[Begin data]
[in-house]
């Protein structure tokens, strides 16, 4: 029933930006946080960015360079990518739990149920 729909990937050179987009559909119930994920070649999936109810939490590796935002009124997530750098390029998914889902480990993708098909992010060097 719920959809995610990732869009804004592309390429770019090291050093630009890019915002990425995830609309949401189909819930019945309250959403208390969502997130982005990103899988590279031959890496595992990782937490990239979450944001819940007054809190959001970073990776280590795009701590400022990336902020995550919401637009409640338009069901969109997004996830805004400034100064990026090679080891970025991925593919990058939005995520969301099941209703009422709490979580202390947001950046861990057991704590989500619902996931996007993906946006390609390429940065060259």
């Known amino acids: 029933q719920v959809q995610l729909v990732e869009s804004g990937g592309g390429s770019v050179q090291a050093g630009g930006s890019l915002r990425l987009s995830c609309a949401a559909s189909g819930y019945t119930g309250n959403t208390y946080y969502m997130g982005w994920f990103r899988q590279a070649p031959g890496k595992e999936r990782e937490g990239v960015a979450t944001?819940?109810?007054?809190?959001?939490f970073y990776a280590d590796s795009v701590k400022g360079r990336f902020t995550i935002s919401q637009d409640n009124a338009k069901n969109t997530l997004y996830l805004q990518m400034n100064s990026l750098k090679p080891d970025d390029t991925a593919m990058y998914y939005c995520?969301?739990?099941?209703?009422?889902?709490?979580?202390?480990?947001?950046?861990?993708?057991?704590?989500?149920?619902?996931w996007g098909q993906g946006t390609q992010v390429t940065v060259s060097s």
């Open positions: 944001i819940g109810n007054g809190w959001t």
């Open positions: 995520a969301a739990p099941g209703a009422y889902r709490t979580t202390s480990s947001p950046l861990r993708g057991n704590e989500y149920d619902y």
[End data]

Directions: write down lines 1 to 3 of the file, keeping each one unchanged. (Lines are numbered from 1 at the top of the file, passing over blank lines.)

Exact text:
[in-house]
């Protein structure tokens, strides 16, 4: 029933930006946080960015360079990518739990149920 729909990937050179987009559909119930994920070649999936109810939490590796935002009124997530750098390029998914889902480990993708098909992010060097 719920959809995610990732869009804004592309390429770019090291050093630009890019915002990425995830609309949401189909819930019945309250959403208390969502997130982005990103899988590279031959890496595992990782937490990239979450944001819940007054809190959001970073990776280590795009701590400022990336902020995550919401637009409640338009069901969109997004996830805004400034100064990026090679080891970025991925593919990058939005995520969301099941209703009422709490979580202390947001950046861990057991704590989500619902996931996007993906946006390609390429940065060259």
């Known amino acids: 029933q719920v959809q995610l729909v990732e869009s804004g990937g592309g390429s770019v050179q090291a050093g630009g930006s890019l915002r990425l987009s995830c609309a949401a559909s189909g819930y019945t119930g309250n959403t208390y946080y969502m997130g982005w994920f990103r899988q590279a070649p031959g890496k595992e999936r990782e937490g990239v960015a979450t944001?819940?109810?007054?809190?959001?939490f970073y990776a280590d590796s795009v701590k400022g360079r990336f902020t995550i935002s919401q637009d409640n009124a338009k069901n969109t997530l997004y996830l805004q990518m400034n100064s990026l750098k090679p080891d970025d390029t991925a593919m990058y998914y939005c995520?969301?739990?099941?209703?009422?889902?709490?979580?202390?480990?947001?950046?861990?993708?057991?704590?989500?149920?619902?996931w996007g098909q993906g946006t390609q992010v390429t940065v060259s060097s």